Last Saturday night, as we were going to bed, my husband and I were talking through our Sunday “To Do” list. It was a list of epic proportion. Honestly, it could easily have kept us busy until Wednesday. As I hemmed and hawed about the wisdom of sitting in the pew at church the next morning rather than making progress on our list, my husband shook his head. “I really think we should go to church tomorrow. I want to properly say ‘thanks’ for all the good things that have happened to us in the last few days.”
And I’m the “religious” one in our family!
It didn’t take more than that simple statement to reveal that I was in the powerful clutches of a social epidemic that is sweeping our nation: Busy-ness. I don’t know when this epidemic started. Some say it goes all the way back to our hard-working, Puritan roots. Others say it is a ripple effect of the cell phone and smart phone, which make it possible for you to reach anyone, anywhere, 24-7. I’m not sure it matters where and when it began. But, especially during this extra-busy time of the year, it is critically important to recognize two things – first, that you’ve been stricken and, second, that succumbing to the epidemic is a choice.
To quote Hannah Montana, “That’s right. I went there.” Your busy-ness is a choice. So is mine. We are choosing to do all of the things that are making our hearts race, that are squeezing the life out of our days, that are consuming minutes and hours that we intended to devote to activities we love and to things that really matter.
What we call being busy, Buddhist monk, Sogyal Rinpoche, calls “active laziness.” He goes on to define active laziness as the filling of our lives with unessential tasks – busy work, as it were. This type of work makes us feel full of responsibilities. Only he calls them “irresponsibilities” because they keep us “too busy” with less important things to focus on the things that require more of us – developing long-term strategies, working toward goals, investing in relationships, taking care of ourselves.
What’s to be done? In other words, is there a cure?
Yes. Absolutely. It is possible to feel less busy – indeed, to be less busy. Just as succumbing to busy-ness is a choice, so is recovery. I’m not going to lie to you. Depending on how busy you are, recovery can take some doing. It requires a mix of reflection, discipline, faith, self-awareness and will power. You may also need to be willing to lie just a tiny bit.
First, ask yourself a few questions: “What would I really like to do if I had time?” “What am I doing that is sucking me dry?” “What am I doing (or not doing) that restores my zest for life?” If you find yourself – right this second – staring blankly at your computer or smart phone screen without an answer to any of these questions, you may need to get a little more dramatic. Flash forward to your deathbed. Ask yourself what you most regret not doing today. Then ask yourself what you most regret doing. Hopefully, you now have a notion of what matters to you, what doesn’t, and how you are currently allocating your time.
Next, you need to carve out time in your days to just be. This time will serve a variety of purposes. You will be giving yourself the space to think. You will also be giving yourself space not to think – to be quiet, to focus inward, to listen. Even when it feels like you are doing nothing, during this time you will be doing the incredibly important work of self-care (physical, mental and spiritual) that will sustain you in everything else you do all day long. You need to treat this time as an uber-important appointment or meeting, otherwise, if you’re like me, you risk not showing up.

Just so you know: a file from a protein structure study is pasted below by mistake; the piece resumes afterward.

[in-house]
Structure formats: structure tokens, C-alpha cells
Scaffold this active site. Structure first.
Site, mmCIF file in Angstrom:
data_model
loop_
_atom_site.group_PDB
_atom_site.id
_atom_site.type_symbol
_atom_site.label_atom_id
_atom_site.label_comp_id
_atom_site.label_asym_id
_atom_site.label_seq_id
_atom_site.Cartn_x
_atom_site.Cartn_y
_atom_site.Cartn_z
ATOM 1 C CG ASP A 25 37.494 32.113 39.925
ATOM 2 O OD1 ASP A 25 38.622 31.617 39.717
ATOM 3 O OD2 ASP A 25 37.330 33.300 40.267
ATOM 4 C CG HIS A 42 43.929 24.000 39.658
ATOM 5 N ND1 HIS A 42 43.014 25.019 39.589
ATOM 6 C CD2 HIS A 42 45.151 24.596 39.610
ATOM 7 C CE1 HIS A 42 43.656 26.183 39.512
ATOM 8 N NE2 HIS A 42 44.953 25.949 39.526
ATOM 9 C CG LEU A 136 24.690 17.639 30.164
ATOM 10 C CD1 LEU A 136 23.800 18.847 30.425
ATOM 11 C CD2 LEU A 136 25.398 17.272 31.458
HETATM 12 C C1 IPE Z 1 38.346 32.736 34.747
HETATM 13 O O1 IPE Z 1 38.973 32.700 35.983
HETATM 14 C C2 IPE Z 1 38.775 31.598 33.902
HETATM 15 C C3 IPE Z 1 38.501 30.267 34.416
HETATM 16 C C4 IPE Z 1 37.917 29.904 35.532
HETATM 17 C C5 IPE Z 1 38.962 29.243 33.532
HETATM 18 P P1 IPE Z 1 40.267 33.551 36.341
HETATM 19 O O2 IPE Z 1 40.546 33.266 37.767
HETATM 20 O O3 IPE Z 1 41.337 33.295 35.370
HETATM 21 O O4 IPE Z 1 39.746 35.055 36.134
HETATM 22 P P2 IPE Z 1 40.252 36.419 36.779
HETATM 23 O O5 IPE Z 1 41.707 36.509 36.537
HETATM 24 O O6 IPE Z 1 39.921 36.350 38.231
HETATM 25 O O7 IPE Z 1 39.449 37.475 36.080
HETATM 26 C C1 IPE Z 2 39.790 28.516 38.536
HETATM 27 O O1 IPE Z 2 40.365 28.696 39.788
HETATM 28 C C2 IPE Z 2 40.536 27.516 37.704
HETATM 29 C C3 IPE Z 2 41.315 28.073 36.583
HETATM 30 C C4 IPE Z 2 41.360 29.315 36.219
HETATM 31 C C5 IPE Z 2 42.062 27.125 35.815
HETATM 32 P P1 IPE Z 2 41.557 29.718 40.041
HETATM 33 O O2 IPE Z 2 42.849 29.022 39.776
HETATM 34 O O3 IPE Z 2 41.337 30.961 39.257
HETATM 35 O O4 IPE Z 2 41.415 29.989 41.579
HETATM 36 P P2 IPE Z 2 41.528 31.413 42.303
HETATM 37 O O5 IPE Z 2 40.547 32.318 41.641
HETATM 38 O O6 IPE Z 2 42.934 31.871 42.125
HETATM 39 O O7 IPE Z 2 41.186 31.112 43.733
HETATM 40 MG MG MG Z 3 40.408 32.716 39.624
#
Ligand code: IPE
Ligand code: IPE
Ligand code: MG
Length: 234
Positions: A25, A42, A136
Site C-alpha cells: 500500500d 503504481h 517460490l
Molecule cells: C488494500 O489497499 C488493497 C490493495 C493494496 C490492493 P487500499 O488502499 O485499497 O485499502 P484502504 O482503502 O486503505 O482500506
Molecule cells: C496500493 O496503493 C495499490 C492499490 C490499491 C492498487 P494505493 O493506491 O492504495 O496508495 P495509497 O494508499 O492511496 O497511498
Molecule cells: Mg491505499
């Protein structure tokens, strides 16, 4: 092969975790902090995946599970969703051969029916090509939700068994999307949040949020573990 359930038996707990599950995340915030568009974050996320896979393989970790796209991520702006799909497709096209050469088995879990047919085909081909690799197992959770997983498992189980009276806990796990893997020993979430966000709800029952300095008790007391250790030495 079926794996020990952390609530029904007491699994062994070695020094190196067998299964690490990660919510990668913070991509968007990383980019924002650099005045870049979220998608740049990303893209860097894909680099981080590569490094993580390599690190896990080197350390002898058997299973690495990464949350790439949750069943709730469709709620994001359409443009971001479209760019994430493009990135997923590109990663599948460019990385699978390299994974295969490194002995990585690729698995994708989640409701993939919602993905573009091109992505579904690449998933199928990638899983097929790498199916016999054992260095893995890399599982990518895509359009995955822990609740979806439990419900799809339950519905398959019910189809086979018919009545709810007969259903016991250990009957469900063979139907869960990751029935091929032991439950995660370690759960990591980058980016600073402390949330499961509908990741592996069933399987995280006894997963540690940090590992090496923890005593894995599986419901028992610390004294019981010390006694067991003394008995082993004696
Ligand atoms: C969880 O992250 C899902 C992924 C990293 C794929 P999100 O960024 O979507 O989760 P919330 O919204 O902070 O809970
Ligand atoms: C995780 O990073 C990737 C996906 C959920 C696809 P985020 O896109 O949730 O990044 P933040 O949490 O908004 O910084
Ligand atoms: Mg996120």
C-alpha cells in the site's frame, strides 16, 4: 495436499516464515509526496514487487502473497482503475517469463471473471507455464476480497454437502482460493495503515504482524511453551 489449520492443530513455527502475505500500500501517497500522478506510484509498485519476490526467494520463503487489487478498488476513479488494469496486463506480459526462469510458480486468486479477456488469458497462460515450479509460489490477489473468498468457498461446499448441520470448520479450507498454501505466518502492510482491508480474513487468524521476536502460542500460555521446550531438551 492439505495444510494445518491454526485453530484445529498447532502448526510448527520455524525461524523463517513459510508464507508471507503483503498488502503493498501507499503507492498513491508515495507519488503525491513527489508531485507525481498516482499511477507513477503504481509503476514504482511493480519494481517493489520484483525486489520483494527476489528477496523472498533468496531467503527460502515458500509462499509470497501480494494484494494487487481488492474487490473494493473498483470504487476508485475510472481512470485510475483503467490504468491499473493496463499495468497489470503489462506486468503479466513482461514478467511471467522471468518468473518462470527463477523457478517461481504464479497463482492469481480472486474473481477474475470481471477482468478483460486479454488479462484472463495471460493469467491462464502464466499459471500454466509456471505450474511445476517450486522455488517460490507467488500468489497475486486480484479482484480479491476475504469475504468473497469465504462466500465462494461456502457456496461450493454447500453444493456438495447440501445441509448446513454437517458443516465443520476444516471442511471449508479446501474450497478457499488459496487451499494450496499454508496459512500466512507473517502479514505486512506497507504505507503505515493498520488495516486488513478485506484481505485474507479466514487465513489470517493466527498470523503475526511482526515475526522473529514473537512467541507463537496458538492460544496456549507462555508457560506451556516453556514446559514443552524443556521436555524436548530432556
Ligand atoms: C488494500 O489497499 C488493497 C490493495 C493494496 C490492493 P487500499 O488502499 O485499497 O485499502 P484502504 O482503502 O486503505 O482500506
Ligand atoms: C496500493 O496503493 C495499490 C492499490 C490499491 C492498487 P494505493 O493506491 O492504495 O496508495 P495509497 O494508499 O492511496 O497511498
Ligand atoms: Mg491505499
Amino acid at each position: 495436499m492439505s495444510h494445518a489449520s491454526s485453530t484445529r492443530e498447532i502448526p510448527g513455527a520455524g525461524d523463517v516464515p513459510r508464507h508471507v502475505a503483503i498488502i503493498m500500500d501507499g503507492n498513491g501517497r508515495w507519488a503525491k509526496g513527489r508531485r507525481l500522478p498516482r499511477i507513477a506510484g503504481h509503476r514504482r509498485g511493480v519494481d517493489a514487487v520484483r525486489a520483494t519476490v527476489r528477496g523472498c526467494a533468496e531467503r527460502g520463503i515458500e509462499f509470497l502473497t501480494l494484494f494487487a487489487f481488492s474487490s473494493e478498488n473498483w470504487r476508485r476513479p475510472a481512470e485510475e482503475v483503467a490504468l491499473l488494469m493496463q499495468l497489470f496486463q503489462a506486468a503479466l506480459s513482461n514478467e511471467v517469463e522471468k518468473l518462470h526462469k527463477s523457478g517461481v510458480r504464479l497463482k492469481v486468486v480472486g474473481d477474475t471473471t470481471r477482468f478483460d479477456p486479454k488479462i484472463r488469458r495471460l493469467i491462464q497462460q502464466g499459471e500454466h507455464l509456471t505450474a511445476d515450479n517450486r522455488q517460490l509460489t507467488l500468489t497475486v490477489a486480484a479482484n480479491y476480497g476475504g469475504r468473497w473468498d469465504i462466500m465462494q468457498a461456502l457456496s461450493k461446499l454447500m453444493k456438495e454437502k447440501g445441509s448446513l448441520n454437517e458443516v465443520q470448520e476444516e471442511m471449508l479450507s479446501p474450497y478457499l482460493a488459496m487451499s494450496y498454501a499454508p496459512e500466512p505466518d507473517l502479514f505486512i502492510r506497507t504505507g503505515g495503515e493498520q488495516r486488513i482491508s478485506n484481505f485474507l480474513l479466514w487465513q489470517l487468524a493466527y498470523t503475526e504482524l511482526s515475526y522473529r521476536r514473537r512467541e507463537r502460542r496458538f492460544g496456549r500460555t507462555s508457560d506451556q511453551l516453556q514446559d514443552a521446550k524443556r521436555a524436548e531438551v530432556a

What you do during these “appointments” with yourself is up to you. I have friends who run, who pray, who knit, who walk, who write in journals, who meditate. I practice yoga. When I speak to my friends about how they feel and behave after their “appointments,” it’s not that different from the way I feel: quieter, more centered, more in touch with themselves – their state of mind, their emotional climate, their desires, their fears.
I encourage you, as you’re choosing the nature of this time, to be cognizant that, no matter the activity, a spiritual intention helps tremendously. And to remember that, though it can be very helpful, you don’t need to be religious to be a spiritual person. You can start by shifting your perspective away from yourself. You can work with your attitude. You can practice gratitude. You can focus on your connectedness to everything and everyone around you. You can visualize the kind of person you deeply yearn to be.
We’ve covered the need for reflection, discipline, faith, self-awareness and will power. What about the willingness to lie – just a teeny, tiny bit? Well, let’s just say that I’ve said (on more than one occasion), when responding to a request from a client or an announced meeting or even an invitation from a friend, “I’m so sorry, I can’t do that then. I have an appointment.” To date, I’ve never been asked what that appointment was … and I’m quite glad of that. Some people just wouldn’t understand how very important my yoga practice is to helping me choose (again and again) well-ness over busy-ness.
You can do it, too. Repeat after me, “I can’t. I have an appointment …”